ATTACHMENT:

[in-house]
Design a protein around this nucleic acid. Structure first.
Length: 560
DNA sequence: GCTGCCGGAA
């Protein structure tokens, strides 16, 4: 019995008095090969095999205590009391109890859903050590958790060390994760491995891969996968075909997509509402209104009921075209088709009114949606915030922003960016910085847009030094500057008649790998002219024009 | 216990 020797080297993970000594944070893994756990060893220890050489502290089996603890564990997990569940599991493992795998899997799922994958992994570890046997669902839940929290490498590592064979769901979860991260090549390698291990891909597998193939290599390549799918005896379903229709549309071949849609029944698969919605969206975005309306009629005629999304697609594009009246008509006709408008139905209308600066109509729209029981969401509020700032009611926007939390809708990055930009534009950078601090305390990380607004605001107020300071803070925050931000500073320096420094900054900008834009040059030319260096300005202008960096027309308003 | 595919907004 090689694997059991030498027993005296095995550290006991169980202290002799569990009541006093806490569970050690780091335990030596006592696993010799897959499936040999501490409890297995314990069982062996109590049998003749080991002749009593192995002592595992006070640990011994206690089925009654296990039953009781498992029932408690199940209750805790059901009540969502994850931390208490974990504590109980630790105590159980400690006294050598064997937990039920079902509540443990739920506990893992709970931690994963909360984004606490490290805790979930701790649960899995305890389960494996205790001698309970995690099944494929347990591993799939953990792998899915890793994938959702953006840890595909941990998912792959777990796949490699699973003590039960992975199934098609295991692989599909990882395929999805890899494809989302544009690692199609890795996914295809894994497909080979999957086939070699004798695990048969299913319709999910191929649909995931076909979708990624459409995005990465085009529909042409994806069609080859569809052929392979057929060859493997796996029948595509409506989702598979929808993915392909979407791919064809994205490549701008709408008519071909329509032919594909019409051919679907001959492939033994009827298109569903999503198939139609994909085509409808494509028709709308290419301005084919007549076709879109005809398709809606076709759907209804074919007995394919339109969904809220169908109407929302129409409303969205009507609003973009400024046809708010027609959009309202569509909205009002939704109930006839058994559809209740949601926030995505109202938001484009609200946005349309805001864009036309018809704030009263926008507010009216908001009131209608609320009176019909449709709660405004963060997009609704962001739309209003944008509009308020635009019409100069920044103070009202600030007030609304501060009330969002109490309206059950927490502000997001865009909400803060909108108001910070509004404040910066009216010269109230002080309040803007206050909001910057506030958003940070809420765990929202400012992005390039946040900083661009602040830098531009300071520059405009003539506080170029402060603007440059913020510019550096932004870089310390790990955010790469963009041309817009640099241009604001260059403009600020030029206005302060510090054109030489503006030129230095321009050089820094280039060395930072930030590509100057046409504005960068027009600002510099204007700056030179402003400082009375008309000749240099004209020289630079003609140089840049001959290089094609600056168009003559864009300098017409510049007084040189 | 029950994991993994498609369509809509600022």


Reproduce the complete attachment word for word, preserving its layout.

[in-house]
Design a protein around this nucleic acid. Structure first.
Length: 560
DNA sequence: GCTGCCGGAA
């Protein structure tokens, strides 16, 4: 019995008095090969095999205590009391109890859903050590958790060390994760491995891969996968075909997509509402209104009921075209088709009114949606915030922003960016910085847009030094500057008649790998002219024009 | 216990 020797080297993970000594944070893994756990060893220890050489502290089996603890564990997990569940599991493992795998899997799922994958992994570890046997669902839940929290490498590592064979769901979860991260090549390698291990891909597998193939290599390549799918005896379903229709549309071949849609029944698969919605969206975005309306009629005629999304697609594009009246008509006709408008139905209308600066109509729209029981969401509020700032009611926007939390809708990055930009534009950078601090305390990380607004605001107020300071803070925050931000500073320096420094900054900008834009040059030319260096300005202008960096027309308003 | 595919907004 090689694997059991030498027993005296095995550290006991169980202290002799569990009541006093806490569970050690780091335990030596006592696993010799897959499936040999501490409890297995314990069982062996109590049998003749080991002749009593192995002592595992006070640990011994206690089925009654296990039953009781498992029932408690199940209750805790059901009540969502994850931390208490974990504590109980630790105590159980400690006294050598064997937990039920079902509540443990739920506990893992709970931690994963909360984004606490490290805790979930701790649960899995305890389960494996205790001698309970995690099944494929347990591993799939953990792998899915890793994938959702953006840890595909941990998912792959777990796949490699699973003590039960992975199934098609295991692989599909990882395929999805890899494809989302544009690692199609890795996914295809894994497909080979999957086939070699004798695990048969299913319709999910191929649909995931076909979708990624459409995005990465085009529909042409994806069609080859569809052929392979057929060859493997796996029948595509409506989702598979929808993915392909979407791919064809994205490549701008709408008519071909329509032919594909019409051919679907001959492939033994009827298109569903999503198939139609994909085509409808494509028709709308290419301005084919007549076709879109005809398709809606076709759907209804074919007995394919339109969904809220169908109407929302129409409303969205009507609003973009400024046809708010027609959009309202569509909205009002939704109930006839058994559809209740949601926030995505109202938001484009609200946005349309805001864009036309018809704030009263926008507010009216908001009131209608609320009176019909449709709660405004963060997009609704962001739309209003944008509009308020635009019409100069920044103070009202600030007030609304501060009330969002109490309206059950927490502000997001865009909400803060909108108001910070509004404040910066009216010269109230002080309040803007206050909001910057506030958003940070809420765990929202400012992005390039946040900083661009602040830098531009300071520059405009003539506080170029402060603007440059913020510019550096932004870089310390790990955010790469963009041309817009640099241009604001260059403009600020030029206005302060510090054109030489503006030129230095321009050089820094280039060395930072930030590509100057046409504005960068027009600002510099204007700056030179402003400082009375008309000749240099004209020289630079003609140089840049001959290089094609600056168009003559864009300098017409510049007084040189 | 029950994991993994498609369509809509600022």